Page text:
In January 2017, 400 Charlotteans responded to a 15-minute phone survey. The survey was representative of the Mecklenburg County population and, among other questions, asked respondents, “When thinking about Mecklenburg County as a place to live and the opportunities and amenities it provides, how would you rate Mecklenburg County for the following groups of people?”
A quarter of respondents said Mecklenburg is poor or very poor for gay or lesbian people, followed closely by opinions of Mecklenburg as poor or very poor for immigrants from other countries (23 percent) and racial and ethnic minorities (22 percent). Things looked better for senior citizens, young adults, families with children, and single adults, all categories in which 15 percent or less of respondents ranked the county as very poor or poor.
But, let’s dig into some of these results.
The older population does not seem to agree on how good a place to live Mecklenburg is for seniors. Nearly half of respondents (48 percent) said Mecklenburg is a good or excellent place for senior citizens to live. However, only 35 percent of respondents age 65 and over felt that way compared to more than 60 percent for both the 18-24 age group and the 25-34 age group. While the sample size when these groups or results were broken down were small (50, 49, and 81, respectively), the difference was statistically significant.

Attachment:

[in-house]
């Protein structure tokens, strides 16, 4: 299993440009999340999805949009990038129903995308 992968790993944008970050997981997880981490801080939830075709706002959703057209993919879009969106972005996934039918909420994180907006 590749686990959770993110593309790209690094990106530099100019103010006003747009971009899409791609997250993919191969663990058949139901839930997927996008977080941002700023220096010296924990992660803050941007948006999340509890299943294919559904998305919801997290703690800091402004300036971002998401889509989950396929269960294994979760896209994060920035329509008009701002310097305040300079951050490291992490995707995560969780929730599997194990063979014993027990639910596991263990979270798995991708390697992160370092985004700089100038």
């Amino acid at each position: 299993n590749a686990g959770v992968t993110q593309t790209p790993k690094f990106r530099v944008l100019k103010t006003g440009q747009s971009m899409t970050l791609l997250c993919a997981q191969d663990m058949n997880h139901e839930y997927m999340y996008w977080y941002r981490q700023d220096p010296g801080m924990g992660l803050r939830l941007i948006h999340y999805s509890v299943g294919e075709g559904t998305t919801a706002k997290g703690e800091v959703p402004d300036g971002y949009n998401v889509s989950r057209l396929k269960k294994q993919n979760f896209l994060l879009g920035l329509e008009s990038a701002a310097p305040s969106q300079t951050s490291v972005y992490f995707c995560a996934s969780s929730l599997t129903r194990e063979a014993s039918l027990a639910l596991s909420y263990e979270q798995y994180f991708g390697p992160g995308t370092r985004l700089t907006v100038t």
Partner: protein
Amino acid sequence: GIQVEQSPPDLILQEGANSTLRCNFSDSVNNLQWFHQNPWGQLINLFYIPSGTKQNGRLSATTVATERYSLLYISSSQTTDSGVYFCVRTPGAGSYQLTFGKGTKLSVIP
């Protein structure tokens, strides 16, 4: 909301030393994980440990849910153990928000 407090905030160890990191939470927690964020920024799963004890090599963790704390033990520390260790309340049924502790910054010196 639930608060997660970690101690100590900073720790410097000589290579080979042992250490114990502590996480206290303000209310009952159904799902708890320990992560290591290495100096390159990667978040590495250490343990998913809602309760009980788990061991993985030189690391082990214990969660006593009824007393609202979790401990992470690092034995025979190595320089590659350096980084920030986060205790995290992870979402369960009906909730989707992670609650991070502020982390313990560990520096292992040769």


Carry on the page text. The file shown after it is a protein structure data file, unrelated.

While the number of senior citizens is not representative of the entire senior population, the finding of a statistically significant difference warrants more investigation and/or action. Other examples of statistically significant differences, presented below, could also have meaningful policy and programmatic implications.
- Fifty-eight percent of respondents with a college education or higher said Mecklenburg is a good or excellent place for young adults entering the workplace compared to just 32 percent of respondents who did not compete high school.
- Forty-four percent of white respondents said Mecklenburg is good or excellent for racial and ethnic minorities, compared to 29 percent of Hispanic and black respondents.
Finally, even when there are not statistically significant differences, differences in population proportions can lead to further questions and reflection. For example, a higher percentage of respondents who have lived in Mecklenburg 1-5 years felt that Mecklenburg County is a good or excellent place for newcomers (70 percent) than respondents who have been here for more than 20 years (52 percent). Even though the difference was not statistically significant, it is probably good news that more newcomers feel Mecklenburg County is a good or excellent place to live.
Do you have questions? The Charlotte-Mecklenburg Annual Survey can provide answers. Contact email@example.com by Nov. 10 if you are interested in participating in January 2018.